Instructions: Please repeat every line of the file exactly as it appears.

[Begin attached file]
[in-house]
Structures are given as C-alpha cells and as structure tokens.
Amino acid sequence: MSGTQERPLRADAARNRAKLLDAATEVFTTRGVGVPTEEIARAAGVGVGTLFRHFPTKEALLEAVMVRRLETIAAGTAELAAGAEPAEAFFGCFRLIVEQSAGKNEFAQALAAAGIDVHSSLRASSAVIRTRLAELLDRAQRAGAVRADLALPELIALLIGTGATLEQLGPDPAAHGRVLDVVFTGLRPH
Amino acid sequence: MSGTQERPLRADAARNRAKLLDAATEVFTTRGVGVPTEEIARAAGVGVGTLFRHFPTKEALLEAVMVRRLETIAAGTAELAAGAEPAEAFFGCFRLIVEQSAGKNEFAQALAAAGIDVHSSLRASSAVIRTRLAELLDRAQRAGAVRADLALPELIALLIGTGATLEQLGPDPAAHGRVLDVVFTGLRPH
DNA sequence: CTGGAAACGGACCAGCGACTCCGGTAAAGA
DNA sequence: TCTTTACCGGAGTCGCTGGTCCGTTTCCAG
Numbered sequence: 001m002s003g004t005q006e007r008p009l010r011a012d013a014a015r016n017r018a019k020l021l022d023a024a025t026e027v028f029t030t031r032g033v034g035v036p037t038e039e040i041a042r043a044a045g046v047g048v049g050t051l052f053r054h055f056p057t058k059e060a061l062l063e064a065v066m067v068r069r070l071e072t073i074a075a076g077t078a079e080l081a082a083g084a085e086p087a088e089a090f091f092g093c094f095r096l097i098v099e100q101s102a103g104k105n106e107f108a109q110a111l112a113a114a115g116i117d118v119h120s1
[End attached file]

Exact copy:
[in-house]
Structures are given as C-alpha cells and as structure tokens.
Amino acid sequence: MSGTQERPLRADAARNRAKLLDAATEVFTTRGVGVPTEEIARAAGVGVGTLFRHFPTKEALLEAVMVRRLETIAAGTAELAAGAEPAEAFFGCFRLIVEQSAGKNEFAQALAAAGIDVHSSLRASSAVIRTRLAELLDRAQRAGAVRADLALPELIALLIGTGATLEQLGPDPAAHGRVLDVVFTGLRPH
Amino acid sequence: MSGTQERPLRADAARNRAKLLDAATEVFTTRGVGVPTEEIARAAGVGVGTLFRHFPTKEALLEAVMVRRLETIAAGTAELAAGAEPAEAFFGCFRLIVEQSAGKNEFAQALAAAGIDVHSSLRASSAVIRTRLAELLDRAQRAGAVRADLALPELIALLIGTGATLEQLGPDPAAHGRVLDVVFTGLRPH
DNA sequence: CTGGAAACGGACCAGCGACTCCGGTAAAGA
DNA sequence: TCTTTACCGGAGTCGCTGGTCCGTTTCCAG
Numbered sequence: 001m002s003g004t005q006e007r008p009l010r011a012d013a014a015r016n017r018a019k020l021l022d023a024a025t026e027v028f029t030t031r032g033v034g035v036p037t038e039e040i041a042r043a044a045g046v047g048v049g050t051l052f053r054h055f056p057t058k059e060a061l062l063e064a065v066m067v068r069r070l071e072t073i074a075a076g077t078a079e080l081a082a083g084a085e086p087a088e089a090f091f092g093c094f095r096l097i098v099e100q101s102a103g104k105n106e107f108a109q110a111l112a113a114a115g116i117d118v119h120s1